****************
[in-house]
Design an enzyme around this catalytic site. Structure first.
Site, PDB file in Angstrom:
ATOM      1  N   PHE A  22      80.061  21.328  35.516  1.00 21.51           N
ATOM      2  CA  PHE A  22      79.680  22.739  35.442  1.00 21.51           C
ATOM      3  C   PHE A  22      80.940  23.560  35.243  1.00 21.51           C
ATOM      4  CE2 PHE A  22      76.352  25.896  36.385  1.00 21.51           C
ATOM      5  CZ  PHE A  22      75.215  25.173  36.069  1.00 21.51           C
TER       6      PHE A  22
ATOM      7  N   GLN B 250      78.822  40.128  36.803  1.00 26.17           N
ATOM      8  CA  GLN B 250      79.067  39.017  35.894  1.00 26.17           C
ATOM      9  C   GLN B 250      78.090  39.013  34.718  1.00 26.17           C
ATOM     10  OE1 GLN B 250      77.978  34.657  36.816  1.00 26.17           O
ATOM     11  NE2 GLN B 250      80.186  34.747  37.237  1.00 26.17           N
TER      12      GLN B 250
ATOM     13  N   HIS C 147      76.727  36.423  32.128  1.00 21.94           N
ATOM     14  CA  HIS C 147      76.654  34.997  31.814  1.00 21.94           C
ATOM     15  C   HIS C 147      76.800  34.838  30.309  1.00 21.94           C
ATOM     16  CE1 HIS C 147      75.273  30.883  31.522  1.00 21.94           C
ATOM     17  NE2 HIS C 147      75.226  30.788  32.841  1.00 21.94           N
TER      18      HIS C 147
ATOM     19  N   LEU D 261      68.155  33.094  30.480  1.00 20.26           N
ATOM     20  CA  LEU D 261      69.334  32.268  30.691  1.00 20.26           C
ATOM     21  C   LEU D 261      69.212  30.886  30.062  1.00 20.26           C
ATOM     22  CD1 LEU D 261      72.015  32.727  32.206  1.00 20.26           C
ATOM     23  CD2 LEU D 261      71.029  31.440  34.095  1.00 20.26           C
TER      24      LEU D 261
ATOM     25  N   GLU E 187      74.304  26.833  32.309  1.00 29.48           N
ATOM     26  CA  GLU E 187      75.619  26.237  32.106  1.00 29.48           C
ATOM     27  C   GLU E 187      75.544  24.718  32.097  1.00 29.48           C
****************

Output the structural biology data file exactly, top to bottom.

[in-house]
Design an enzyme around this catalytic site. Structure first.
Site, PDB file in Angstrom:
ATOM      1  N   PHE A  22      80.061  21.328  35.516  1.00 21.51           N
ATOM      2  CA  PHE A  22      79.680  22.739  35.442  1.00 21.51           C
ATOM      3  C   PHE A  22      80.940  23.560  35.243  1.00 21.51           C
ATOM      4  CE2 PHE A  22      76.352  25.896  36.385  1.00 21.51           C
ATOM      5  CZ  PHE A  22      75.215  25.173  36.069  1.00 21.51           C
TER       6      PHE A  22
ATOM      7  N   GLN B 250      78.822  40.128  36.803  1.00 26.17           N
ATOM      8  CA  GLN B 250      79.067  39.017  35.894  1.00 26.17           C
ATOM      9  C   GLN B 250      78.090  39.013  34.718  1.00 26.17           C
ATOM     10  OE1 GLN B 250      77.978  34.657  36.816  1.00 26.17           O
ATOM     11  NE2 GLN B 250      80.186  34.747  37.237  1.00 26.17           N
TER      12      GLN B 250
ATOM     13  N   HIS C 147      76.727  36.423  32.128  1.00 21.94           N
ATOM     14  CA  HIS C 147      76.654  34.997  31.814  1.00 21.94           C
ATOM     15  C   HIS C 147      76.800  34.838  30.309  1.00 21.94           C
ATOM     16  CE1 HIS C 147      75.273  30.883  31.522  1.00 21.94           C
ATOM     17  NE2 HIS C 147      75.226  30.788  32.841  1.00 21.94           N
TER      18      HIS C 147
ATOM     19  N   LEU D 261      68.155  33.094  30.480  1.00 20.26           N
ATOM     20  CA  LEU D 261      69.334  32.268  30.691  1.00 20.26           C
ATOM     21  C   LEU D 261      69.212  30.886  30.062  1.00 20.26           C
ATOM     22  CD1 LEU D 261      72.015  32.727  32.206  1.00 20.26           C
ATOM     23  CD2 LEU D 261      71.029  31.440  34.095  1.00 20.26           C
TER      24      LEU D 261
ATOM     25  N   GLU E 187      74.304  26.833  32.309  1.00 29.48           N
ATOM     26  CA  GLU E 187      75.619  26.237  32.106  1.00 29.48           C
ATOM     27  C   GLU E 187      75.544  24.718  32.097  1.00 29.48           C